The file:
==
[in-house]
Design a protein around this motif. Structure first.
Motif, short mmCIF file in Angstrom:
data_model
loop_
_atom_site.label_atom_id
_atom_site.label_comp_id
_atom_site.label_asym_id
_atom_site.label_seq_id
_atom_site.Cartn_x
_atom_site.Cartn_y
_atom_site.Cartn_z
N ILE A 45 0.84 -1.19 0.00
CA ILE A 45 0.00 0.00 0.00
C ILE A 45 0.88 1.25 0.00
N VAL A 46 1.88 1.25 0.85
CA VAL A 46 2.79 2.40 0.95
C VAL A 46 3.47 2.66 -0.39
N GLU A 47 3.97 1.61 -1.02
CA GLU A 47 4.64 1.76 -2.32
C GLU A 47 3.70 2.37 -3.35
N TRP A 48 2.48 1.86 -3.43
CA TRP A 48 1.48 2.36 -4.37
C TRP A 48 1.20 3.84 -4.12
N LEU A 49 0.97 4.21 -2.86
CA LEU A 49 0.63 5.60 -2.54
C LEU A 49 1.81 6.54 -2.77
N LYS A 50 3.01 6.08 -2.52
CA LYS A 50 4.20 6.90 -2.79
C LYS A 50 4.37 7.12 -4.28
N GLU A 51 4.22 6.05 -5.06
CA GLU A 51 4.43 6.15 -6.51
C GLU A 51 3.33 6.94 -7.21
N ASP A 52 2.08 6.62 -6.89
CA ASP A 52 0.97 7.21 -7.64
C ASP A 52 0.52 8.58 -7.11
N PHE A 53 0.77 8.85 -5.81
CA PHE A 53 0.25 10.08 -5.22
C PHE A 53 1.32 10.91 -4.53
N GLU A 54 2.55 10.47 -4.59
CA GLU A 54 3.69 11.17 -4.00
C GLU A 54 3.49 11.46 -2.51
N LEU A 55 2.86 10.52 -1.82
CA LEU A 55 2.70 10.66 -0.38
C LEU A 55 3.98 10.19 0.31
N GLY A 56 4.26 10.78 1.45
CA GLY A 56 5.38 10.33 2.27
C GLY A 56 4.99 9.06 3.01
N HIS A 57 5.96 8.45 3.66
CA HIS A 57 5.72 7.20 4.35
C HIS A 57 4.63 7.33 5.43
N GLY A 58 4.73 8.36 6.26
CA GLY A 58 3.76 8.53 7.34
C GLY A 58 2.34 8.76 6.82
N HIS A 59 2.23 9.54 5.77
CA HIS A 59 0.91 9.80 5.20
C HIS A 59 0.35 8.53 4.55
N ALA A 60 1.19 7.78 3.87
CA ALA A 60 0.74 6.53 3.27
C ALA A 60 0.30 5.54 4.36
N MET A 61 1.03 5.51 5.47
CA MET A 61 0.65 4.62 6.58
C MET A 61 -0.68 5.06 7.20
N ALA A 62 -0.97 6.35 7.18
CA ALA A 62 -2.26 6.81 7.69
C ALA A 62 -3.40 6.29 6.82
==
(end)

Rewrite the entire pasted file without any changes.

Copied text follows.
[in-house]
Design a protein around this motif. Structure first.
Motif, short mmCIF file in Angstrom:
data_model
loop_
_atom_site.label_atom_id
_atom_site.label_comp_id
_atom_site.label_asym_id
_atom_site.label_seq_id
_atom_site.Cartn_x
_atom_site.Cartn_y
_atom_site.Cartn_z
N ILE A 45 0.84 -1.19 0.00
CA ILE A 45 0.00 0.00 0.00
C ILE A 45 0.88 1.25 0.00
N VAL A 46 1.88 1.25 0.85
CA VAL A 46 2.79 2.40 0.95
C VAL A 46 3.47 2.66 -0.39
N GLU A 47 3.97 1.61 -1.02
CA GLU A 47 4.64 1.76 -2.32
C GLU A 47 3.70 2.37 -3.35
N TRP A 48 2.48 1.86 -3.43
CA TRP A 48 1.48 2.36 -4.37
C TRP A 48 1.20 3.84 -4.12
N LEU A 49 0.97 4.21 -2.86
CA LEU A 49 0.63 5.60 -2.54
C LEU A 49 1.81 6.54 -2.77
N LYS A 50 3.01 6.08 -2.52
CA LYS A 50 4.20 6.90 -2.79
C LYS A 50 4.37 7.12 -4.28
N GLU A 51 4.22 6.05 -5.06
CA GLU A 51 4.43 6.15 -6.51
C GLU A 51 3.33 6.94 -7.21
N ASP A 52 2.08 6.62 -6.89
CA ASP A 52 0.97 7.21 -7.64
C ASP A 52 0.52 8.58 -7.11
N PHE A 53 0.77 8.85 -5.81
CA PHE A 53 0.25 10.08 -5.22
C PHE A 53 1.32 10.91 -4.53
N GLU A 54 2.55 10.47 -4.59
CA GLU A 54 3.69 11.17 -4.00
C GLU A 54 3.49 11.46 -2.51
N LEU A 55 2.86 10.52 -1.82
CA LEU A 55 2.70 10.66 -0.38
C LEU A 55 3.98 10.19 0.31
N GLY A 56 4.26 10.78 1.45
CA GLY A 56 5.38 10.33 2.27
C GLY A 56 4.99 9.06 3.01
N HIS A 57 5.96 8.45 3.66
CA HIS A 57 5.72 7.20 4.35
C HIS A 57 4.63 7.33 5.43
N GLY A 58 4.73 8.36 6.26
CA GLY A 58 3.76 8.53 7.34
C GLY A 58 2.34 8.76 6.82
N HIS A 59 2.23 9.54 5.77
CA HIS A 59 0.91 9.80 5.20
C HIS A 59 0.35 8.53 4.55
N ALA A 60 1.19 7.78 3.87
CA ALA A 60 0.74 6.53 3.27
C ALA A 60 0.30 5.54 4.36
N MET A 61 1.03 5.51 5.47
CA MET A 61 0.65 4.62 6.58
C MET A 61 -0.68 5.06 7.20
N ALA A 62 -0.97 6.35 7.18
CA ALA A 62 -2.26 6.81 7.69
C ALA A 62 -3.40 6.29 6.82